A feasibility study of a psychoeducational family intervention, "Be Seizure Smart,"
aimed at improving attitudes and increasing family functioning was conducted. The intervention
was individually tailored for each family member by (a) providing information about epilepsy,
treatment, and seizure management according to the individual's knowledge base, (b) addressing
unique concerns and fears, and (c) providing emotional support. Participants were 10 families of
children with epilepsy ages 7 to 13 years. Data were collected about 2 weeks before and after the
intervention, which was delivered over 3 to 4 months, by using structured interviews. One-tailed
paired t tests were used to determine changes from pretest to posttest. Participants also were
asked to evaluate the intervention and make suggestions about how the intervention could better
meet their needs. Results generally indicated that the intervention had the anticipated effects.
Knowledge scores increased for both parents and children. Children had fewer concerns and
were more satisfied with family relationships. Information and support needs decreased for both
children and their parents. Information need reductions were statistically significant for both
parents and children; support need reductions were significantly reduced only for parents.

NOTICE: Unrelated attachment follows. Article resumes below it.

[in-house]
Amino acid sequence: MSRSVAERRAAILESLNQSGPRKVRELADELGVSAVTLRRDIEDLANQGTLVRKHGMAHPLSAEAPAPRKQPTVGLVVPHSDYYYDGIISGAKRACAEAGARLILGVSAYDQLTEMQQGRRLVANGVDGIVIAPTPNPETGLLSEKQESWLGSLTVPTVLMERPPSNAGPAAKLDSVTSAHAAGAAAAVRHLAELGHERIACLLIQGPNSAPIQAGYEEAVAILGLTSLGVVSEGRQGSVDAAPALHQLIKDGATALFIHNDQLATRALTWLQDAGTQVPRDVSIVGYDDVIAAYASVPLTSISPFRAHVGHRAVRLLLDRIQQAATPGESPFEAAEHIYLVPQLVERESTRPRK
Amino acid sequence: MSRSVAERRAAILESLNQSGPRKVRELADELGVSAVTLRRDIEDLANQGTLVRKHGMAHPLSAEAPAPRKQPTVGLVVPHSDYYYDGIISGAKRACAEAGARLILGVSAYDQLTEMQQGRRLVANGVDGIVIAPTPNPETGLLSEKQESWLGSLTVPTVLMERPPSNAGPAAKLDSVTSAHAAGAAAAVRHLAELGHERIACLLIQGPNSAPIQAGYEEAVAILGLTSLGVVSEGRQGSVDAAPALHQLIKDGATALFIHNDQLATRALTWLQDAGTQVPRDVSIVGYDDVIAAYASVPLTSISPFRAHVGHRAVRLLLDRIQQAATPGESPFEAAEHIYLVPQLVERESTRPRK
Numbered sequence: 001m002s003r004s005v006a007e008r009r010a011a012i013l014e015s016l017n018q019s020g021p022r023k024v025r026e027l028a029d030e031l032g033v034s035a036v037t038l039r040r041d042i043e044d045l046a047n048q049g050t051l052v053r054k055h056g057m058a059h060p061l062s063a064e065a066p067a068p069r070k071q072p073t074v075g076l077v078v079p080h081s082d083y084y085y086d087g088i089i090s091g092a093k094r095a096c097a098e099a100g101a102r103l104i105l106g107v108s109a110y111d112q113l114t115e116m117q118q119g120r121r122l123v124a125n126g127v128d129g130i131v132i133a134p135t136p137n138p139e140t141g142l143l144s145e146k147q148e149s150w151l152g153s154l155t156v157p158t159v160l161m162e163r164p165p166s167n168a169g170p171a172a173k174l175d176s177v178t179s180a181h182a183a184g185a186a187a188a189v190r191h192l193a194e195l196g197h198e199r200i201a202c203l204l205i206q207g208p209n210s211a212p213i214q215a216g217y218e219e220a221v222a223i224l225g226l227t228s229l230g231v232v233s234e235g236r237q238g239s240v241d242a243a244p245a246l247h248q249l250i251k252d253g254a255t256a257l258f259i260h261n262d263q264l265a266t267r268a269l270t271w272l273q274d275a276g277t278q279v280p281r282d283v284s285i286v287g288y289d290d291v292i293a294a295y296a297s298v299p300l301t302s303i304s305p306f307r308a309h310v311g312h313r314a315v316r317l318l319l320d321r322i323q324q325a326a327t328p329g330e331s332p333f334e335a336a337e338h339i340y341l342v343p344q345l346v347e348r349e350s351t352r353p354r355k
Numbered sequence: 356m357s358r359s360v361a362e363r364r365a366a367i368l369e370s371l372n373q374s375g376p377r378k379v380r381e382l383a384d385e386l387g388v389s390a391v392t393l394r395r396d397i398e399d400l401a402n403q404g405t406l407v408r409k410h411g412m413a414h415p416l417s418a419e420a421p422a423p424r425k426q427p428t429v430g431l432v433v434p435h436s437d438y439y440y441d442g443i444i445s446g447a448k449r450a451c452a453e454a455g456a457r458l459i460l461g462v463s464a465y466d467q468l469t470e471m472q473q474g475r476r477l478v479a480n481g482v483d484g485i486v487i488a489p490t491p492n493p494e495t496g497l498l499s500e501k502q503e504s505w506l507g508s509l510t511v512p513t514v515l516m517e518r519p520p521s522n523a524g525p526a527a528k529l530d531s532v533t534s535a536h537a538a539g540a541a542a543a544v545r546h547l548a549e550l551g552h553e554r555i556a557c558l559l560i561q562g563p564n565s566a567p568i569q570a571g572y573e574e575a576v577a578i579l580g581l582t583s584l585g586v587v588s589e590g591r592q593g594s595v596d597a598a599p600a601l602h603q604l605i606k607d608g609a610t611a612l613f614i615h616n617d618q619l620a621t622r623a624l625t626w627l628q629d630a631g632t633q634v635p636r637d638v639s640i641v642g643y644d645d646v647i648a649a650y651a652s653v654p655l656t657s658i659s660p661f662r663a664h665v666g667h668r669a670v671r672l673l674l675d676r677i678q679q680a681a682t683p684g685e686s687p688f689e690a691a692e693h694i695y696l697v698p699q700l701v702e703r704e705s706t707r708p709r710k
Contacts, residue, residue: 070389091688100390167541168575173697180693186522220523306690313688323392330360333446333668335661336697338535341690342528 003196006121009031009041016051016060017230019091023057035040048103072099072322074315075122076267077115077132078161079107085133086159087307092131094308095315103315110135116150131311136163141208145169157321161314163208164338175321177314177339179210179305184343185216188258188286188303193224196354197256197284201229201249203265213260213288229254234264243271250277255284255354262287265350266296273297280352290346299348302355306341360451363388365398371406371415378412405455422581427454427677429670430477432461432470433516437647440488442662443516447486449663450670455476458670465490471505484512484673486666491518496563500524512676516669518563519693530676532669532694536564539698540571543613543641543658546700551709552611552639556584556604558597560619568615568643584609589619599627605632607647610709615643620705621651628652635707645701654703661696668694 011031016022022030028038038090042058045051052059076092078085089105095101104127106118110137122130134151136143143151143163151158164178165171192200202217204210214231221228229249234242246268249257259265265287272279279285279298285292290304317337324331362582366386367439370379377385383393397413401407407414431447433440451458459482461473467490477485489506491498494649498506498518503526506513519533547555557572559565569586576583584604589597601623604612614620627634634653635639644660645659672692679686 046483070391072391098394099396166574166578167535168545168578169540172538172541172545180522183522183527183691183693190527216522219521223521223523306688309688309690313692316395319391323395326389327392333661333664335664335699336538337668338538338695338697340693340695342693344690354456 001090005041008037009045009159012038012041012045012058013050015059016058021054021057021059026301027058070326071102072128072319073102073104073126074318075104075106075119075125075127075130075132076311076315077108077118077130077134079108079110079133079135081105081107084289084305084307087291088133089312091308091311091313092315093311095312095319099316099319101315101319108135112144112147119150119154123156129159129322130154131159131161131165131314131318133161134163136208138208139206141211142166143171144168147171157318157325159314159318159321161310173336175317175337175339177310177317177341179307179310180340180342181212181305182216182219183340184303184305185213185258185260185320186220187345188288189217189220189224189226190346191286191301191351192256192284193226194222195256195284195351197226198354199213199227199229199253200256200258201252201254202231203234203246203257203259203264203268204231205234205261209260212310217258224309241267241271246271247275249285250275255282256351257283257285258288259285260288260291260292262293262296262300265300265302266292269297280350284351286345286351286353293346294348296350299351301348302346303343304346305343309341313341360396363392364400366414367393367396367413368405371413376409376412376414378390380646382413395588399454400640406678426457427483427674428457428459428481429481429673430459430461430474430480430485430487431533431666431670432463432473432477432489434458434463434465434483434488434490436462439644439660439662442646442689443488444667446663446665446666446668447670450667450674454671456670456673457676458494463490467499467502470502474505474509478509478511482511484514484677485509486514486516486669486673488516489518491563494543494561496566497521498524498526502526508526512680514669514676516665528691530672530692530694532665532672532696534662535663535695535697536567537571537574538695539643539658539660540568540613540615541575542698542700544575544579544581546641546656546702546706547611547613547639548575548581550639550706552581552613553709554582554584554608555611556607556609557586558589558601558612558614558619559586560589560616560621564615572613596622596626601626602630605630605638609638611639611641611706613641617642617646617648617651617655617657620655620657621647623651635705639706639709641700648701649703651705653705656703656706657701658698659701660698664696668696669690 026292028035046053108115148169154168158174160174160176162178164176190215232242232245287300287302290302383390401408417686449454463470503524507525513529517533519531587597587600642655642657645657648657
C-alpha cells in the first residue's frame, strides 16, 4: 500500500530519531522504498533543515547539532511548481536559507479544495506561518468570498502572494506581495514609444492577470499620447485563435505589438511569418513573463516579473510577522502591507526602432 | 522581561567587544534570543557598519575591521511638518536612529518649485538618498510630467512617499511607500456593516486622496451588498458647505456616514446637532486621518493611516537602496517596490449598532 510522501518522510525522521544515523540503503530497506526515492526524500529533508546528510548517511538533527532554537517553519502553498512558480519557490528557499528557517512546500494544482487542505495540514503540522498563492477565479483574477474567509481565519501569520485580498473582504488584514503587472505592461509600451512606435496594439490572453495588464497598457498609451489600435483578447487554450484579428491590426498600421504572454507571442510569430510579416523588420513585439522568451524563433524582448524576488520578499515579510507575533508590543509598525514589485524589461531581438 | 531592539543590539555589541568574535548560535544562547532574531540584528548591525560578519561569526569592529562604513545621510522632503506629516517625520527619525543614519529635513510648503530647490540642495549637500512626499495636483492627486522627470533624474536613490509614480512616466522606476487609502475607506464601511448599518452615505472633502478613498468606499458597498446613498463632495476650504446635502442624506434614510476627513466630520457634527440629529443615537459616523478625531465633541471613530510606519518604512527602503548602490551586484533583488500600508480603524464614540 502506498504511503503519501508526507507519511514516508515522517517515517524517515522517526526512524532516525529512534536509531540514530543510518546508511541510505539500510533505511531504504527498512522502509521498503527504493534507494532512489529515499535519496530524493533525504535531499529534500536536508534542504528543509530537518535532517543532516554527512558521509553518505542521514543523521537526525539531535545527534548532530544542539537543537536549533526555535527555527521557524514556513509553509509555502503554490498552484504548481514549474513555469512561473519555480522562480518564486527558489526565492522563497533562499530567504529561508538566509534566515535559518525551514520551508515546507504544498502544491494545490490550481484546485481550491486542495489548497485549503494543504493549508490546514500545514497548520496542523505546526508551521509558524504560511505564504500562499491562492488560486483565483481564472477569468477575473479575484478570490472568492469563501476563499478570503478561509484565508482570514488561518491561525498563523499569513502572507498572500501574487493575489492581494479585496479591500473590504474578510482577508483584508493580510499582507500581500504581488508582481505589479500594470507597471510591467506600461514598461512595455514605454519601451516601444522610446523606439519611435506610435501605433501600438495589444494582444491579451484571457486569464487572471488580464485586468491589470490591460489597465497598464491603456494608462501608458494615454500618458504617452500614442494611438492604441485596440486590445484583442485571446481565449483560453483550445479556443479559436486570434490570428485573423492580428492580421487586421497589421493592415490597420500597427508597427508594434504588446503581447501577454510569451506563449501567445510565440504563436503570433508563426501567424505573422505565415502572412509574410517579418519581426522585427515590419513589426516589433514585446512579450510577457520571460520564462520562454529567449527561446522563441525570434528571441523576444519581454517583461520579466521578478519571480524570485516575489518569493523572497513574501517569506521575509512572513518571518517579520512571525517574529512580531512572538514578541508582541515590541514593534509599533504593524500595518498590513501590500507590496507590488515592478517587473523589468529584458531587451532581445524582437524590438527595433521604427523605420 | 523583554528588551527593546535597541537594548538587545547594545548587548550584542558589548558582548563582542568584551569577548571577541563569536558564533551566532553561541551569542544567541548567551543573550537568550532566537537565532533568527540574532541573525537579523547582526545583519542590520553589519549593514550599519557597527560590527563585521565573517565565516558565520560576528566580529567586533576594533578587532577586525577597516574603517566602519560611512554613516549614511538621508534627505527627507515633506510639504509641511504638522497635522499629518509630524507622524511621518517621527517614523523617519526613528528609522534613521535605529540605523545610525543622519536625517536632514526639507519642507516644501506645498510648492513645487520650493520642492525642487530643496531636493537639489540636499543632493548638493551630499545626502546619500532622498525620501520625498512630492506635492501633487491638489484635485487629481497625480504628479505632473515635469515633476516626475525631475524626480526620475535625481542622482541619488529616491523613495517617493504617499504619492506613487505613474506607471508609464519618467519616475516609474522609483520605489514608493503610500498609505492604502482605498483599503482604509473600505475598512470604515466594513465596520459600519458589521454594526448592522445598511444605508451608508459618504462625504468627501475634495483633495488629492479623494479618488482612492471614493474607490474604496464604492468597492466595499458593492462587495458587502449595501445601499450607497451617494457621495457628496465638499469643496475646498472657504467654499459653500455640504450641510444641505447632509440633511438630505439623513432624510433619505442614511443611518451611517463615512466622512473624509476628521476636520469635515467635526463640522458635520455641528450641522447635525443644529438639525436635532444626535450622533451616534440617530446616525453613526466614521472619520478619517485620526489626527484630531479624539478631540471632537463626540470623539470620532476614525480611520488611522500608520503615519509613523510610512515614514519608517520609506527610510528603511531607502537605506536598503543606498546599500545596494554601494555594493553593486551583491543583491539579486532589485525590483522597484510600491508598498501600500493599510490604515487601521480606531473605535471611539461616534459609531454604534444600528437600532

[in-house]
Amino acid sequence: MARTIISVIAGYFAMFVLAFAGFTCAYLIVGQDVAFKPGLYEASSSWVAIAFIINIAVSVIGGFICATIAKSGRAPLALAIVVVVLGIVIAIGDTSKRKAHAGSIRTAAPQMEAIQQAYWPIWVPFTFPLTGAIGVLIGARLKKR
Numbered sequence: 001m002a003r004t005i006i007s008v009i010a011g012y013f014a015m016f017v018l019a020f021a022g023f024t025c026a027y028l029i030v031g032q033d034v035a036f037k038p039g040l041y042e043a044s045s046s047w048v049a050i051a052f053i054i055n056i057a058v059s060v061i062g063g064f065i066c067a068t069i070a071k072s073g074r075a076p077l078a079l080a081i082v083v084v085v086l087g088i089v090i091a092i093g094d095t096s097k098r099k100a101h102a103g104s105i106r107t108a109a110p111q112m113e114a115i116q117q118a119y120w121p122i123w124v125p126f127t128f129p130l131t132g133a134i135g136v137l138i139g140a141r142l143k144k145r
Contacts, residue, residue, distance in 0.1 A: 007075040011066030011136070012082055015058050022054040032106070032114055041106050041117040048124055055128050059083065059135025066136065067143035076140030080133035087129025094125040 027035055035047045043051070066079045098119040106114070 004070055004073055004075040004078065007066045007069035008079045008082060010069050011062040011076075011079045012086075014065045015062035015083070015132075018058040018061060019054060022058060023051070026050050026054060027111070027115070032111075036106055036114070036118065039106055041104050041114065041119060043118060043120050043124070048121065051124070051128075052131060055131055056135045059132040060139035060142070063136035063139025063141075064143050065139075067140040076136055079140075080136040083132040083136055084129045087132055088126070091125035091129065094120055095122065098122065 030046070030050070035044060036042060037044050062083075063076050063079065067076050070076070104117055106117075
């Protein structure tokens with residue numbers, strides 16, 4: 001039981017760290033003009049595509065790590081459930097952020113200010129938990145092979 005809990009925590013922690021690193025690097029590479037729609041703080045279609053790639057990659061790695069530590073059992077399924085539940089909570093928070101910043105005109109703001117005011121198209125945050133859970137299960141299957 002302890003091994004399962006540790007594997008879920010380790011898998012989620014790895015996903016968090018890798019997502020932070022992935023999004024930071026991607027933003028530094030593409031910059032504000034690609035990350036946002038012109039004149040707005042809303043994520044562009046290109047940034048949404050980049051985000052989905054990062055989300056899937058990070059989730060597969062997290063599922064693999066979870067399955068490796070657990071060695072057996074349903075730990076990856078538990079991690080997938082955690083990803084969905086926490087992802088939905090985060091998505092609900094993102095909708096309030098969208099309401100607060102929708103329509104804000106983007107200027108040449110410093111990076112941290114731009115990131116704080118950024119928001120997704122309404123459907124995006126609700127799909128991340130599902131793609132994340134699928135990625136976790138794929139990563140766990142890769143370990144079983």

Although child and parent attitudes were more positive after the intervention, this finding was
not statistically significant.
How feasible is the family seizure management program?
A feasibility study of a family seizure management program: “Be seizure smart”
by Austin, Joan K. McNelis, Angela M. Shore, Cheryl P. Dunn, David W. Musick, Beverly
Journal of Neuroscience Nursing, February 2002
Ten families completed the program; however, data are available on only nine children
with seizures because one child was unable to complete the interview due to a learning
disability. The three girls and six boys, ages 7 to 13 years (mean age 10.6 years), had been
diagnosed with epilepsy for at least two months but less than one year. Eight mothers, one
grandmother (who was the child's primary caregiver), two fathers, and four siblings
participated in the study. For the pre-intervention assessment, parent and child versions of
three instruments were administered to measure (a) general concerns and fears about
epilepsy; (b) general knowledge about seizures, and (c) psychosocial care needs
(information and support). In addition, a scale to measure parent concerns about seizure
management was administered to parents. To measure effects of the intervention,
instruments were administered to parents and children to measure attitudes and family
functioning. All data were collected during telephone interviews. Each item was read
verbatim to each participant. Relative privacy was ensured by doing individual telephone
interviews and having the family members respond to questions by letter or number. All